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Severe pasture deficits likely to trigger above-average sales and mortality of livestock

  • Key Message Update
  • Sudan
  • January 2016
Severe pasture deficits likely to trigger above-average sales and mortality of livestock

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  • Key Messages
  • Key Messages
    • Preliminary crop estimates from the 2015/16 agricultural season suggest national cereal production could be up to 25 percent below the five-year (2009-2013) average, driven by dryness-related reductions in yield and area planted in both surplus-producing and deficit-producing areas, including eastern areas affected by El Niño. Cereal production in the key producing area of Gedaref State is likely to be below average and similar to or slightly less than in 2013/14. In North Kordofan, Kassala, and North Darfur States, the harvest is expected to be well below average. 

    • In December, sorghum prices in Gadaref and Kassala remained stable or increased slightly, contrary to the seasonal tendency for prices to continue decreasing in December following the harvest. Millet and sorghum prices in El Fasher, though showing declines in December, remain 40 percent above the two-year average, and are expected to continue increasing at more than usual through the rest of the consumption year. 

    • Pasture deficits are estimated to be very severe in most areas, particularly in North Darfur, North Kordofan, Kassala, and While Nile States, as well as the Butanah plain. These conditions have led to poor livestock body conditions, large-scale migrations of livestock two months earlier than usual, and below-average livestock prices. In Kassala market, sheep prices are 15 and 25 percent below last year and the recent two-year average, while terms-of-trade are 24 percent below the recent two-year average. Together, increasing staple food prices and decreasing livestock prices will reduce terms of trade for pastoral and agropastoral households, who will face difficulty meeting staple food needs.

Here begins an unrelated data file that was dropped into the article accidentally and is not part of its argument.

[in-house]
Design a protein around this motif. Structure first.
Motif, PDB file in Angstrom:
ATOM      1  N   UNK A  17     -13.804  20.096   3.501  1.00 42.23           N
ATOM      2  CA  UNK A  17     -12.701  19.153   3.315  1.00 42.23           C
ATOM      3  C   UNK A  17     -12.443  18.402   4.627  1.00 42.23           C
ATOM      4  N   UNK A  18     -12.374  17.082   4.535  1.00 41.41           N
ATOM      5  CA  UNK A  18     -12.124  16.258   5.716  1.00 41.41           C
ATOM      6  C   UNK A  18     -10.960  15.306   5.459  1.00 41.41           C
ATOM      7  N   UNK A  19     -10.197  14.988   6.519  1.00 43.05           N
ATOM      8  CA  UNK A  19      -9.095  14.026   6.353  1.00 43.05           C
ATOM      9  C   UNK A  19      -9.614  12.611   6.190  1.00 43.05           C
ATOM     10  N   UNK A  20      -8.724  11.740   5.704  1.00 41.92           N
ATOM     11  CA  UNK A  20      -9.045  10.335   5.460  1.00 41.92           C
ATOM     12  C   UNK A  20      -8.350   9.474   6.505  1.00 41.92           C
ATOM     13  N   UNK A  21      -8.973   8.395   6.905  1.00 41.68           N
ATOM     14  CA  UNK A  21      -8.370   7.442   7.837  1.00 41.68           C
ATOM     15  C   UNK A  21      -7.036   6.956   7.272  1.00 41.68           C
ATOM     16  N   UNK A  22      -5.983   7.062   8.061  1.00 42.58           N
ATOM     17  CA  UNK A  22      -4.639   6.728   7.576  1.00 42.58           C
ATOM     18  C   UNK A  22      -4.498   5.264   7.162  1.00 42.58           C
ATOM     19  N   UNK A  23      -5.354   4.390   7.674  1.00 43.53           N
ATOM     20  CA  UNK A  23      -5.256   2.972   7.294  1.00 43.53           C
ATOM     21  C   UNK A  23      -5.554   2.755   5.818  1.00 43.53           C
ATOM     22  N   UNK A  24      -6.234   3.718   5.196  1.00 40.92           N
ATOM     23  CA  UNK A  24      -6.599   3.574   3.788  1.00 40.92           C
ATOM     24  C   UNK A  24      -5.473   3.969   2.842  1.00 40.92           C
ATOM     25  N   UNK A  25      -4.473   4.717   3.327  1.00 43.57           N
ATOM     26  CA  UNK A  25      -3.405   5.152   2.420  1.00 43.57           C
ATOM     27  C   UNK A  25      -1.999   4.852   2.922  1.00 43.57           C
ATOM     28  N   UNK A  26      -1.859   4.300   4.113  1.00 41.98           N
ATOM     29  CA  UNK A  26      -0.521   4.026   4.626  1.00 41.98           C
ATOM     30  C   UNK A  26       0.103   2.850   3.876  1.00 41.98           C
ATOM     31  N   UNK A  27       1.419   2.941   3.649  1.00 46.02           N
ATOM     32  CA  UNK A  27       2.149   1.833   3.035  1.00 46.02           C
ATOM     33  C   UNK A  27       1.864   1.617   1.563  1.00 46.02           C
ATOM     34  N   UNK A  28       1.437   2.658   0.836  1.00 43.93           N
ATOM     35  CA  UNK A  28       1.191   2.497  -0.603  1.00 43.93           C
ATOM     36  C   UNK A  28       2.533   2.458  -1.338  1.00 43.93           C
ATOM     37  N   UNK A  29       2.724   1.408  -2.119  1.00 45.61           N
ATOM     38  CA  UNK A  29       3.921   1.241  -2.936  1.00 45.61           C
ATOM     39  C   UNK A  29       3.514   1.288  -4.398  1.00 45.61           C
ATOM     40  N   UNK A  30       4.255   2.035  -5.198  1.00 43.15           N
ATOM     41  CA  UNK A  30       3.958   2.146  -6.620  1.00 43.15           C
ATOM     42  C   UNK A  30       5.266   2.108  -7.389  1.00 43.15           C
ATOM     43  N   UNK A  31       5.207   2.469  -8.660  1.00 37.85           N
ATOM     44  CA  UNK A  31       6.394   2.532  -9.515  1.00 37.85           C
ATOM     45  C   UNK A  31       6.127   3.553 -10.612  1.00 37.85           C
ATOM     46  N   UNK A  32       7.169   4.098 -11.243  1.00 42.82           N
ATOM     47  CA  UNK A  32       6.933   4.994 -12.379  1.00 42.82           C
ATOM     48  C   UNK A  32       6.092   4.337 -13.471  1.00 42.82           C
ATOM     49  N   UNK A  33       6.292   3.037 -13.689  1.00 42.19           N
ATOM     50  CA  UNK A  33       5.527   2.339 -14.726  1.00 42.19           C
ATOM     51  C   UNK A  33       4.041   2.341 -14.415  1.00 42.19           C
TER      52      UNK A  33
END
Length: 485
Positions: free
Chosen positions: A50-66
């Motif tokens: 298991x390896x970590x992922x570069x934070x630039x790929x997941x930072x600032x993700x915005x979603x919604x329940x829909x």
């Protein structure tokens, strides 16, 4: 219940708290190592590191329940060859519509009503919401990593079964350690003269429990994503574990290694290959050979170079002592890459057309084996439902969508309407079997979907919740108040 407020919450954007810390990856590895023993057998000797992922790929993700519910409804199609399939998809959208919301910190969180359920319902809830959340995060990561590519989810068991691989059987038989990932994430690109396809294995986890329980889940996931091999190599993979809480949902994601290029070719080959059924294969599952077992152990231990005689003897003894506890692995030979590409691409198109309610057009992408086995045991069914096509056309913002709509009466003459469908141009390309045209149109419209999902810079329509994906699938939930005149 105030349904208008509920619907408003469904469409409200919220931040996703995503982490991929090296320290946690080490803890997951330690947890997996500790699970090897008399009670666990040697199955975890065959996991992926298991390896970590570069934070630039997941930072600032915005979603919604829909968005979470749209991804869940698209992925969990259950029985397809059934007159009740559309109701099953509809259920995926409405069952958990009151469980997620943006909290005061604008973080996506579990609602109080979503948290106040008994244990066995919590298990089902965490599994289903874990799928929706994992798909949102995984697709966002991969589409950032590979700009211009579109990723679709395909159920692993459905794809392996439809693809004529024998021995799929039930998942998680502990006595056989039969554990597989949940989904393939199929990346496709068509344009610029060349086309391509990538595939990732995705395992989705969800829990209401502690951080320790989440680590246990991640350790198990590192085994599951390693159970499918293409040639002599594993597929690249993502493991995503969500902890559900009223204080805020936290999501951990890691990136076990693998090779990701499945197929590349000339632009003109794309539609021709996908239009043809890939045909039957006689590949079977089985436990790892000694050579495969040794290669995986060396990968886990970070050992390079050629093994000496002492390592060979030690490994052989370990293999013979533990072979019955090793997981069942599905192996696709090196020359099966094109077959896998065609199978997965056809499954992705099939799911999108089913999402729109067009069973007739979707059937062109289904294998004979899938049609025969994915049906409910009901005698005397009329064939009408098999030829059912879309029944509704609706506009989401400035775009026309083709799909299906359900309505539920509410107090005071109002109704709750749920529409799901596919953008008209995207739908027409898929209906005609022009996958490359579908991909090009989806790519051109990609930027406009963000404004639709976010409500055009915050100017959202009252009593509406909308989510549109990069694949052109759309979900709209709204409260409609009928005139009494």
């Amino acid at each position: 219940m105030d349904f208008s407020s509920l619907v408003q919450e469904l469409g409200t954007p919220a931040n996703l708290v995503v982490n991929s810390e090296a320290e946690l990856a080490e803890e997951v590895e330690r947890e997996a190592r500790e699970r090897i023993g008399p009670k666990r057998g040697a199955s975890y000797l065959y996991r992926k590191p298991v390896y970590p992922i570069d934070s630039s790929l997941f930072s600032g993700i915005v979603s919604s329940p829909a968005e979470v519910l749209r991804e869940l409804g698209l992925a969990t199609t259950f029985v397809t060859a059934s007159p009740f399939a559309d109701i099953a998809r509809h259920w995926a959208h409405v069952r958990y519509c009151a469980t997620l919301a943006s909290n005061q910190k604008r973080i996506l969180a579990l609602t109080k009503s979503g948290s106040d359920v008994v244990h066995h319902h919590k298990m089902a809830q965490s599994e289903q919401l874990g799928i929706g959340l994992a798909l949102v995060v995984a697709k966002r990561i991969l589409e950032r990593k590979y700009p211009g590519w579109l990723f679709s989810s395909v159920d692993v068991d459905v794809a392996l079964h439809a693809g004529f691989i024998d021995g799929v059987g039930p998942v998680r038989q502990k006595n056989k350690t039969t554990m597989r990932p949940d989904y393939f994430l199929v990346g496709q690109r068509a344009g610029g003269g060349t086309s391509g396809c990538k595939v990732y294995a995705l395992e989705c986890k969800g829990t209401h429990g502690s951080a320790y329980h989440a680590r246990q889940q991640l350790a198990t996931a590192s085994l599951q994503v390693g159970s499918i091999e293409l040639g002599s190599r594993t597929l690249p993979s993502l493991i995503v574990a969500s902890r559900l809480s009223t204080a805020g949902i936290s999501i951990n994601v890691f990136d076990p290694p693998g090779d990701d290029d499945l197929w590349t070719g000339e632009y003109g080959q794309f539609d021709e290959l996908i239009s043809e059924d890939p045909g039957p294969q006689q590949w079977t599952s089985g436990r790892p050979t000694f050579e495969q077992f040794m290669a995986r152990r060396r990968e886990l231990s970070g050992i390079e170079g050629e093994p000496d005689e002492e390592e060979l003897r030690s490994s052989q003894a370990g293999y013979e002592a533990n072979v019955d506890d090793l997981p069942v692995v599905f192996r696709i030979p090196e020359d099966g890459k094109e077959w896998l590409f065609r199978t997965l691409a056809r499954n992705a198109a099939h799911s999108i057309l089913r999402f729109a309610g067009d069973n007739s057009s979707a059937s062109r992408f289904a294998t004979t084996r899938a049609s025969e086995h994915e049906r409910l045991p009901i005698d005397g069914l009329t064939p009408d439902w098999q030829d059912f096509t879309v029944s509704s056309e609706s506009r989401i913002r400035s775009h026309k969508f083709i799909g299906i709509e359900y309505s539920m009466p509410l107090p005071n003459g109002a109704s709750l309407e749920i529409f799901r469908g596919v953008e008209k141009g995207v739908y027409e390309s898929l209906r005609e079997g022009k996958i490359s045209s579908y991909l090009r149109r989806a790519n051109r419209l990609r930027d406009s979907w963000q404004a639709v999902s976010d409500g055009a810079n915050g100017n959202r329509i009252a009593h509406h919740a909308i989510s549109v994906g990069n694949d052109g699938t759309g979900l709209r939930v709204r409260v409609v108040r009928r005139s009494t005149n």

• Reduced purchasing power and reduced access to food from own harvests are likely to result in an earlier onset of the lean season in March 2015, with above-average needs in SPLM-N controlled areas of South Kordofan, Blue Nile, among poor residents in Northern parts of North Kordofan, North Darfur, Kassala, and new IDPs in Darfur, where food security is likely to deteriorate to Crisis (IPC Phase 3) with the start of the lean season.

    •  In conflict-affected areas of South Kordofan, food security outcomes are likely to worsen from Crisis (IPC Phase 3) to Emeregency (IPC Phase 4) by March 2016 among IDPs and poor residents due to below-average harvests, restricted population movements, restricted trade flow, lack of access to humanitarian assistance, sharp increases of staple food prices, reduced asset holdings due to four years of protracted conflict, and continuing insecurity.

       

      For more detailed analysis, please see the Sudan Food Security Outlook Update for December 2015

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    This Key Message Update provides a high-level analysis of current acute food insecurity conditions and any changes to FEWS NET's latest projection of acute food insecurity outcomes in the specified geography. Learn more here.

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